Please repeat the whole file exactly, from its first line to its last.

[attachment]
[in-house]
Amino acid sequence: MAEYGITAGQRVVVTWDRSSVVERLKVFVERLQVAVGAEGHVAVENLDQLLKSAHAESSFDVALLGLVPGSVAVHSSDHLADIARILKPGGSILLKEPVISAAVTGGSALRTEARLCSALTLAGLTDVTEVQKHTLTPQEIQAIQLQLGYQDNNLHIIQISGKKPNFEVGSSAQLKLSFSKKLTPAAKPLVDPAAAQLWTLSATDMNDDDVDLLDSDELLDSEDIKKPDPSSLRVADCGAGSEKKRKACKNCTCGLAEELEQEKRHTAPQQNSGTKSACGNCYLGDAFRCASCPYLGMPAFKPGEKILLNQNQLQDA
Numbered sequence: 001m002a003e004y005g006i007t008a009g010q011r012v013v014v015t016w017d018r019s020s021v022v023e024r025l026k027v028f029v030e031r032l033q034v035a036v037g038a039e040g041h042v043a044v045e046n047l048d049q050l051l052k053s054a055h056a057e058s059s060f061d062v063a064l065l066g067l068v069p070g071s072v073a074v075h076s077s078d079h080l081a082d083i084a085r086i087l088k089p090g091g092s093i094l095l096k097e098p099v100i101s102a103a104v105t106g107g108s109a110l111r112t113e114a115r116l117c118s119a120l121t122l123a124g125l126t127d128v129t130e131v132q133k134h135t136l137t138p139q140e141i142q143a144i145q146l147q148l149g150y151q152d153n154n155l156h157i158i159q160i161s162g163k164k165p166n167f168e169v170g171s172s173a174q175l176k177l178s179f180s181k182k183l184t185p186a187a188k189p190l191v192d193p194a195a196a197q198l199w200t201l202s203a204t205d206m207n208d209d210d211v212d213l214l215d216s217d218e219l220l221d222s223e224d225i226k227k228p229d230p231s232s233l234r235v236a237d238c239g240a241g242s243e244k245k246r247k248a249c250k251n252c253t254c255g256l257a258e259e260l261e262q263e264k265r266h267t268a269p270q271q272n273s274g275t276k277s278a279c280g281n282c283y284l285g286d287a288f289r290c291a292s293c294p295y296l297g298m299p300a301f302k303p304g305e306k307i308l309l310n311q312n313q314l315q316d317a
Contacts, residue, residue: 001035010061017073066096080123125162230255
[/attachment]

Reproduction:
[in-house]
Amino acid sequence: MAEYGITAGQRVVVTWDRSSVVERLKVFVERLQVAVGAEGHVAVENLDQLLKSAHAESSFDVALLGLVPGSVAVHSSDHLADIARILKPGGSILLKEPVISAAVTGGSALRTEARLCSALTLAGLTDVTEVQKHTLTPQEIQAIQLQLGYQDNNLHIIQISGKKPNFEVGSSAQLKLSFSKKLTPAAKPLVDPAAAQLWTLSATDMNDDDVDLLDSDELLDSEDIKKPDPSSLRVADCGAGSEKKRKACKNCTCGLAEELEQEKRHTAPQQNSGTKSACGNCYLGDAFRCASCPYLGMPAFKPGEKILLNQNQLQDA
Numbered sequence: 001m002a003e004y005g006i007t008a009g010q011r012v013v014v015t016w017d018r019s020s021v022v023e024r025l026k027v028f029v030e031r032l033q034v035a036v037g038a039e040g041h042v043a044v045e046n047l048d049q050l051l052k053s054a055h056a057e058s059s060f061d062v063a064l065l066g067l068v069p070g071s072v073a074v075h076s077s078d079h080l081a082d083i084a085r086i087l088k089p090g091g092s093i094l095l096k097e098p099v100i101s102a103a104v105t106g107g108s109a110l111r112t113e114a115r116l117c118s119a120l121t122l123a124g125l126t127d128v129t130e131v132q133k134h135t136l137t138p139q140e141i142q143a144i145q146l147q148l149g150y151q152d153n154n155l156h157i158i159q160i161s162g163k164k165p166n167f168e169v170g171s172s173a174q175l176k177l178s179f180s181k182k183l184t185p186a187a188k189p190l191v192d193p194a195a196a197q198l199w200t201l202s203a204t205d206m207n208d209d210d211v212d213l214l215d216s217d218e219l220l221d222s223e224d225i226k227k228p229d230p231s232s233l234r235v236a237d238c239g240a241g242s243e244k245k246r247k248a249c250k251n252c253t254c255g256l257a258e259e260l261e262q263e264k265r266h267t268a269p270q271q272n273s274g275t276k277s278a279c280g281n282c283y284l285g286d287a288f289r290c291a292s293c294p295y296l297g298m299p300a301f302k303p304g305e306k307i308l309l310n311q312n313q314l315q316d317a
Contacts, residue, residue: 001035010061017073066096080123125162230255